“This year’s turnout exceeded our expectations,” said Chantal Lalonde, Health Promotion Specialist with the Eastern Ontario Health Unit and a founding member of the Transition Cornwall + Active Transportation Action Group. “Thanks to the high participation rate, Cornwall actually finished in first place overall in the national Commuter Challenge for similar-sized communities.”
Throughout the week, participants opted to park their cars and use alternate forms of transportation such as cycling, walking, running, rolling, carpooling, telecommuting or public transit. The trips totalled 27,939 kilometres. By comparison, the distance from Cornwall to Vancouver is approximately 4,800 kilometres.
Collectively, the participants saved 1,886 litres of fuel, burned 192,505 calories and avoided 3,815 kilograms of greenhouse gases.
“It was great to see so many residents getting involved and encouraging their friends, family members and co-workers to do the same,” added Mrs. Lalonde.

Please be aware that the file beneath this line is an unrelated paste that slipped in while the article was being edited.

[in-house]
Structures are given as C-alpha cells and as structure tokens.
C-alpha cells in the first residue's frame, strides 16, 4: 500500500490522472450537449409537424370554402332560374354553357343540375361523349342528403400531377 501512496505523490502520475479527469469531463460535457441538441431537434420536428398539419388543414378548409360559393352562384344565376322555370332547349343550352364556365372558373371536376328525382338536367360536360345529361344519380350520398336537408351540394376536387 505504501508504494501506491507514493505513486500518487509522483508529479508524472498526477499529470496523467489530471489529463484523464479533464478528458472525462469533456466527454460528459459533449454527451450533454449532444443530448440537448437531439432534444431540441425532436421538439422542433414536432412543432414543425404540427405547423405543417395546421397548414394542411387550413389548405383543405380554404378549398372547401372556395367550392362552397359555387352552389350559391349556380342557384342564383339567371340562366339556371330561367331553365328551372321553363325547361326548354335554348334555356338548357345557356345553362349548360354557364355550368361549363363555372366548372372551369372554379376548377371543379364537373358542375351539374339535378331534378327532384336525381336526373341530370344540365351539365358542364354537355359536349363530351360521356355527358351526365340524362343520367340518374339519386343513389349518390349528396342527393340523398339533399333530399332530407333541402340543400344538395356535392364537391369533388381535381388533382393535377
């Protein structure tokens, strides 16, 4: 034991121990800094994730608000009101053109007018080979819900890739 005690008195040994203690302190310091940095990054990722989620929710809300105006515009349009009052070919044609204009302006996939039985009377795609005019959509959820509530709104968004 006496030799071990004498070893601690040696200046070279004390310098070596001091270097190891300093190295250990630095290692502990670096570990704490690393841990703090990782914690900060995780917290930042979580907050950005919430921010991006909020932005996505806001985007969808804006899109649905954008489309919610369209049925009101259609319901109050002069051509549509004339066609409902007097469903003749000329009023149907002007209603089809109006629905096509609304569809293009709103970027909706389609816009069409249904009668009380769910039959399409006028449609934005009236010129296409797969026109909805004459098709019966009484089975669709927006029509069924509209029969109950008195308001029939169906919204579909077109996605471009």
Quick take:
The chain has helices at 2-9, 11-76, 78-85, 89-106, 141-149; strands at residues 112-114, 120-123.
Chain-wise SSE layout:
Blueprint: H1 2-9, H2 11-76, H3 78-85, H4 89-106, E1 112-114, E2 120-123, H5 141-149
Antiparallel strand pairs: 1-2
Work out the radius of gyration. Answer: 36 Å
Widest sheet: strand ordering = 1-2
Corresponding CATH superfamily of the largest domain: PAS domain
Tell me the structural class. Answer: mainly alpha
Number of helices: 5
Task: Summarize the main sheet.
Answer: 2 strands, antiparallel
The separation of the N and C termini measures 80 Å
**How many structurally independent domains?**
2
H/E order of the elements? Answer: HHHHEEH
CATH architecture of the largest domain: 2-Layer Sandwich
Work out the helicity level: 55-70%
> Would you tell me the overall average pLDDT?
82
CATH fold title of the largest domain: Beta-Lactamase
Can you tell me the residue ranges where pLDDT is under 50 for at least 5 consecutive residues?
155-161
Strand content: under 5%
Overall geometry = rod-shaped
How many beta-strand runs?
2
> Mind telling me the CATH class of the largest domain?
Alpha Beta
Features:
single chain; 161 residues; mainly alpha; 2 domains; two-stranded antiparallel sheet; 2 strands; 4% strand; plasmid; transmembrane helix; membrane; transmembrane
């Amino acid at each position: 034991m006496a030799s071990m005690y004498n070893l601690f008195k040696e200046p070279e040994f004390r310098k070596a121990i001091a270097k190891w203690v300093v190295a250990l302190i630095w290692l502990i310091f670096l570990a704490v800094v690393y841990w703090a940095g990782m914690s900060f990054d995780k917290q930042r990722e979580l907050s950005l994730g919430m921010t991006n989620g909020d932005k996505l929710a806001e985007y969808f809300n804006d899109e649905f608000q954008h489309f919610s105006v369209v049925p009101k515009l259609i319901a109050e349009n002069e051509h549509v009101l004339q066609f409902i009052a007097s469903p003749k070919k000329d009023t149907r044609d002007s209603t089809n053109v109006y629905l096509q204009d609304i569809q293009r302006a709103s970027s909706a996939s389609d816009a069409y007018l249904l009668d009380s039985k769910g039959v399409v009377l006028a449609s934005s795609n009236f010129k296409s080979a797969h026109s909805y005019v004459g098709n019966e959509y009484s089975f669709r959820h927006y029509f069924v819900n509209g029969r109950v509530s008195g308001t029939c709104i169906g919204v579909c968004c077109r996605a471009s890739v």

The grand prize winners of this year’s event were Tracey Cloutier and Mary Fairbairn, who received new bicycles from Bicycle World and Total Cyclery and Sports. Other prizes offered included a longboard from Play it Again Sports, a bicycle helmet from Kalrim Cycles, a $100 gift certificate to Cornwall Square, a bike-themed print from Bike Centric, running shoes from Lindale’s, Cornwall Transit goodies and more.
About the Active Transportation Challenge Hosted by the City of Cornwall, the Eastern Ontario Health Unit and Transition Cornwall+, the Active Transportation Challenge rewards participants for using active and alternative modes of transportation like walking, cycling, rollerblading, carpooling or public transit.
Once registered, participants are asked to log each sustainable commute made during the week – be it for work or leisure purposes.
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